« ZurückWeiter »
occafioned these he cannot be a proper judge; but from their being unafual in the quarter from whence they have proceeded, they must probably be occafioned by circumstances equally unavoidable in a beginning work, as those which affected himself. Had time permitted, rather than have allowed fome of the numbers to have gone abroad in their prefent incorrect state, he would willingly have been at the expence of having them reprinted: but this was impoffible: measures, however, must and shall be adopted at any rate to guard against similar defects in future. If ever another edition of this volume fhall be called for, in circumstances which admit of its being done more leisurely and correctly, the editor will think himfelf bound to exchange that more correct copy for the prefent, to fuch of his subscribers as shall defire it. As to the mixture of paper, and the inaccuracies in folding which were unavoidable at the beginning, he hopes his subscribers find already much less room for complaint than before, and that in future things will still be better.
It was propofed to extend the present number fo far beyond the usual fize, as to include the chronicle (which for this volume will be lefs perfect than is intended in others,) and index; but it was found that this would have retarded the publication of this number beyond the usual time of publication; it is therefore published without them. The chronicle and index will be published separately with all convenient dispatch, and fhall be delivered gratis to the subscribers.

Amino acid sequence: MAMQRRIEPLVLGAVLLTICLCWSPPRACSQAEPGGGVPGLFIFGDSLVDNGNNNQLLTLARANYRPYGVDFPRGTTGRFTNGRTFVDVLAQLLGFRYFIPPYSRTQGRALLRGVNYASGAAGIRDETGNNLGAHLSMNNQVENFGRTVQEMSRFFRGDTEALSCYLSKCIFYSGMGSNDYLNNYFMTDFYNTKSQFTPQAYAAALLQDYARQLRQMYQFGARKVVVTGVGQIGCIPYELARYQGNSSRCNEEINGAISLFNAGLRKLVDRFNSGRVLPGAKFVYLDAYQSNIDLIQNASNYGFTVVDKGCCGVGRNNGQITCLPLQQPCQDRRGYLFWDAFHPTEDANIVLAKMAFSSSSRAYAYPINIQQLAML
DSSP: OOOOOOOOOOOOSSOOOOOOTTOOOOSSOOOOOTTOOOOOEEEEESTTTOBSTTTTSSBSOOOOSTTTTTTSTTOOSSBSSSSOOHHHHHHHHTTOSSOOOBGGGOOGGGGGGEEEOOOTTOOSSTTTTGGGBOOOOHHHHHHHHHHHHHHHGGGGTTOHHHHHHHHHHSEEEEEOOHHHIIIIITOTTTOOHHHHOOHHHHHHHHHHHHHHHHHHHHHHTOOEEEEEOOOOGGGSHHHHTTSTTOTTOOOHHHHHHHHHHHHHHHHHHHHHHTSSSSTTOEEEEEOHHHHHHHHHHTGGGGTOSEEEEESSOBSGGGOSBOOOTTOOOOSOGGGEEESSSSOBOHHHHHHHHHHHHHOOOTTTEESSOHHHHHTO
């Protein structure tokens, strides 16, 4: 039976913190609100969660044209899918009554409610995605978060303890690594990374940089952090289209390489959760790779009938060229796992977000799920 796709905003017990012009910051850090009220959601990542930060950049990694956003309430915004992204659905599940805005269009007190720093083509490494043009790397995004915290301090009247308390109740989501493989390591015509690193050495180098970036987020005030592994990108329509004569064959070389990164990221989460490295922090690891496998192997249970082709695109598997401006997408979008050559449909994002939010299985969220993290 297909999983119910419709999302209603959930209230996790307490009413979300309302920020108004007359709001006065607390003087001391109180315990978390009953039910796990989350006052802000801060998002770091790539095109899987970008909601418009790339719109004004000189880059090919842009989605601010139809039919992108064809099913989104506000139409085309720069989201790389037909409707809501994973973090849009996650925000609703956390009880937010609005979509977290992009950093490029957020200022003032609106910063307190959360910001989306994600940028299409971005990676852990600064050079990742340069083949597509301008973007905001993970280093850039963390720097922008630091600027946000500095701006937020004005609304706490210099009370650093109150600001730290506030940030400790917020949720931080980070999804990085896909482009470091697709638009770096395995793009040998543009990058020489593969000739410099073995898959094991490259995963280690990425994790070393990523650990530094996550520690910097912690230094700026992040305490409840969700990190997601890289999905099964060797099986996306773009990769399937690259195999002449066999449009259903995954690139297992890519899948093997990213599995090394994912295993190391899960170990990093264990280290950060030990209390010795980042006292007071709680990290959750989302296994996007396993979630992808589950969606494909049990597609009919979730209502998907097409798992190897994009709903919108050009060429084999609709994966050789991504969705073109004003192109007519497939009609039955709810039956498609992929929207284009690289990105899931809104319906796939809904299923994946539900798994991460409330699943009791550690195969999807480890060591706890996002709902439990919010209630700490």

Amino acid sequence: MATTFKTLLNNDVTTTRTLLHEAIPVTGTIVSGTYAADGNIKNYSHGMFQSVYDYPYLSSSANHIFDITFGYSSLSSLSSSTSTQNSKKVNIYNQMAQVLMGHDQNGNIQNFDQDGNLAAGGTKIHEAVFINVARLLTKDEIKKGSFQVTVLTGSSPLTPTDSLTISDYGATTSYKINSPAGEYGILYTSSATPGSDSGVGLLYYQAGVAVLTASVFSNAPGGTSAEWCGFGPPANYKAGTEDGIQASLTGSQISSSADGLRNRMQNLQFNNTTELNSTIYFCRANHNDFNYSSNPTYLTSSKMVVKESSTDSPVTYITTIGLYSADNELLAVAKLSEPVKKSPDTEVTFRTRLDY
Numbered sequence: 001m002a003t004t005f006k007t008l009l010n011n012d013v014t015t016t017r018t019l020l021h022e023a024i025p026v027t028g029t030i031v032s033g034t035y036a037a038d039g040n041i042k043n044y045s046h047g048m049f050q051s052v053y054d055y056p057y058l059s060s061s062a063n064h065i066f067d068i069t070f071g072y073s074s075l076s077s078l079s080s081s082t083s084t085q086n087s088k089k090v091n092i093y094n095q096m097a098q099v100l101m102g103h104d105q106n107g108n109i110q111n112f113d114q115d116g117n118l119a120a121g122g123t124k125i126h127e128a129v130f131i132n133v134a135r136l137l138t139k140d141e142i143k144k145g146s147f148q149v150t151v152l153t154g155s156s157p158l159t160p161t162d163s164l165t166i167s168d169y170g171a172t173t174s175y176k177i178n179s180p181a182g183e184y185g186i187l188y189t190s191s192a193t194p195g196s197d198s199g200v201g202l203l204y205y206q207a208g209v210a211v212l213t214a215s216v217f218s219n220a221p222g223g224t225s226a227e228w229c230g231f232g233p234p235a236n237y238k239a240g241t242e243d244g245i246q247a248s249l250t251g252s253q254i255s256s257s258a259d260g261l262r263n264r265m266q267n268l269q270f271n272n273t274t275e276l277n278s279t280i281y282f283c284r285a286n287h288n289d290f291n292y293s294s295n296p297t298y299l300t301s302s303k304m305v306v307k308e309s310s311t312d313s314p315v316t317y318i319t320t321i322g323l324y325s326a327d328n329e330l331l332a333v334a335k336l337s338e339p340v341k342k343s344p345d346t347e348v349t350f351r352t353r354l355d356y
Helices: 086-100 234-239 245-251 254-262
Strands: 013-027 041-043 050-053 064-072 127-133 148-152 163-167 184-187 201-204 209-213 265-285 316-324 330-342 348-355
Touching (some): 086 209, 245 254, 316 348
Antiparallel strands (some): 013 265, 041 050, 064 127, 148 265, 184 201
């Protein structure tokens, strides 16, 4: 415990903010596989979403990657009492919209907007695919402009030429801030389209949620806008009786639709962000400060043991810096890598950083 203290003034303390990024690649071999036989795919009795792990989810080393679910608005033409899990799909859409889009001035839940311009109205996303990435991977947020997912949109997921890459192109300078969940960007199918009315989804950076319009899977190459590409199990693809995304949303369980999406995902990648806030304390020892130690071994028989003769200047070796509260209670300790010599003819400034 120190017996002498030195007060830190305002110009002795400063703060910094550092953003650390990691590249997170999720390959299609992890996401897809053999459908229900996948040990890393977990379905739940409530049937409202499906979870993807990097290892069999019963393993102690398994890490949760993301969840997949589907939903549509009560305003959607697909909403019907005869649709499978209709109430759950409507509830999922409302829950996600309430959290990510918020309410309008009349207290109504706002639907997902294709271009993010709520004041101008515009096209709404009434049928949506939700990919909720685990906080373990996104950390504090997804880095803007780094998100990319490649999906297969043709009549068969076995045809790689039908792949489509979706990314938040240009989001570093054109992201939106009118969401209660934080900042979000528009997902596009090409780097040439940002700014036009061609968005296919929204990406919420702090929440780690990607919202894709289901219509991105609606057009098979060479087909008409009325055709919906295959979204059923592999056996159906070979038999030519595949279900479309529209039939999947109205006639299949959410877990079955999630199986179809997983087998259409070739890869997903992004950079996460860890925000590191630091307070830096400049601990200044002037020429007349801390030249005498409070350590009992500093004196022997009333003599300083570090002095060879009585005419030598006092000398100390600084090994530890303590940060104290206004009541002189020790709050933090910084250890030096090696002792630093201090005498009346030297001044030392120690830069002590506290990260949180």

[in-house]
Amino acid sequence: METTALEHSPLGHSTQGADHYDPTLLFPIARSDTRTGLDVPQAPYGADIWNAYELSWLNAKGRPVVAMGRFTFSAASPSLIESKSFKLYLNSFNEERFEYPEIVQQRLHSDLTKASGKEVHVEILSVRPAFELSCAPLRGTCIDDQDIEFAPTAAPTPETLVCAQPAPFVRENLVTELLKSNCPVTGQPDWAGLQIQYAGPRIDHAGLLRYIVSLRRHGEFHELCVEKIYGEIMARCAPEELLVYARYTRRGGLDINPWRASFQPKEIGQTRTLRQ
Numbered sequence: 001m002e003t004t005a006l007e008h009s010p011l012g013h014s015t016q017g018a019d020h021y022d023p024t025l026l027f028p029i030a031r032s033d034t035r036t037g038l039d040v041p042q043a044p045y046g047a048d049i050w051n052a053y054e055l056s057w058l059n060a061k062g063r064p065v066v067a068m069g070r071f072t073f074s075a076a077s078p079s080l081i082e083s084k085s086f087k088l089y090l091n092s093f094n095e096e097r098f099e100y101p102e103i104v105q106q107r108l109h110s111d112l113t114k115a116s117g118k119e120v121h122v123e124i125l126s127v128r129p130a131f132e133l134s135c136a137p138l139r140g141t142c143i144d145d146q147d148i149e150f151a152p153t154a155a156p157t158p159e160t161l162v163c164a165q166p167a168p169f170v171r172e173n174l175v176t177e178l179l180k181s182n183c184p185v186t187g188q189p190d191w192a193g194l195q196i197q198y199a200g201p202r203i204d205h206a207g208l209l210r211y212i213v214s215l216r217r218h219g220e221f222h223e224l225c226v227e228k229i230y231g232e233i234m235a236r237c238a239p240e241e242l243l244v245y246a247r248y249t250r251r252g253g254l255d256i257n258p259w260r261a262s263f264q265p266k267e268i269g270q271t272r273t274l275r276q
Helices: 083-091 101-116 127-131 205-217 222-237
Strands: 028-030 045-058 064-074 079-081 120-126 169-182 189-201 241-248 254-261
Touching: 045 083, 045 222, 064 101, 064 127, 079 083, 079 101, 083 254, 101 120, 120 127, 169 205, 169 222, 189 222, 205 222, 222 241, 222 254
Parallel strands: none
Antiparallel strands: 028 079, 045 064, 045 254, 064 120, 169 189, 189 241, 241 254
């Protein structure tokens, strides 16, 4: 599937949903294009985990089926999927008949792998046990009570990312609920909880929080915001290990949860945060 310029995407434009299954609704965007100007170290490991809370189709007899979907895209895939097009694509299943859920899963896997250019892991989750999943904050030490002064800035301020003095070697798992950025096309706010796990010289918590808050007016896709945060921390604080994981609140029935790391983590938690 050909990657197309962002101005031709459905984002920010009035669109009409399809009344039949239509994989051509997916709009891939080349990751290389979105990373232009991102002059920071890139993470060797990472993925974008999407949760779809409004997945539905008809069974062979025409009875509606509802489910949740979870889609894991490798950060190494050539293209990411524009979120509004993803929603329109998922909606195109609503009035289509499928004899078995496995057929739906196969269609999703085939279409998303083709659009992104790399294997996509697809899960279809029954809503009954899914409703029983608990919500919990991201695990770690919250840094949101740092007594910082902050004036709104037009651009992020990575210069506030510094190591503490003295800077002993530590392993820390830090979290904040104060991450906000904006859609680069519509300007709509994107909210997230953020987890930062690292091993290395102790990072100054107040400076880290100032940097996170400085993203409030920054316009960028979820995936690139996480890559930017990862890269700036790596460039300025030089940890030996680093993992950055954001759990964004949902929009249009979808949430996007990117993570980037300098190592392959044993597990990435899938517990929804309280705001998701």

No endeavour fhall be wanting to render the fucceeding volume more deferving the public favour than the prefent. But the editor will be cautious of exciting expectations which he may not have in his power to the extent he would incline.
The difpute with Sin has greatly interrupted his communications with that kingdom and the fouthern parts of Europe; and the winter has precluded communications by fea with the coafts of the Baltic, which has greatly curtailed his correspondence with Germany. But these interruptions it is hoped will now be foon removed.
ON the 12th of December laft, the 24th. The lightning was uncom
The late ftorms and hurricanes, of Bolton, near a hundred very attended with thunder and light-large trees were blown down; the ning, were more violent than has leads of the manfion in some places been known for many years. The rolled up like a fcroll; the tornado ravages they committed on land, (for such it might be called) had particularly in England, were very its direction S. W. by W. and its uncommon; of which the follow- apparent width fearce exceeded ing are a specimen. In Manchef-100 yards. ter, a large manufactory and house The civilization of modern manwere entirely levelled with the ners has been frequently contrafted ground. In Liverpool, feveral new with those of ancient Greece and built houses in the town and its Rome; and the difference has been vicinity were blown down; many in no circumftance more confpicubuildings unroofed, and chimnies ous, than in the inhuman delight demolished; the top of a mill, with which the ancients fhewed for the its machinery, was violently car, fights of wild beafts, and the more ried off, and thrown into the ad- cruel contentions of gladiators. joining land: Canterbury, Dec. we have always expreffed a just VOL. I.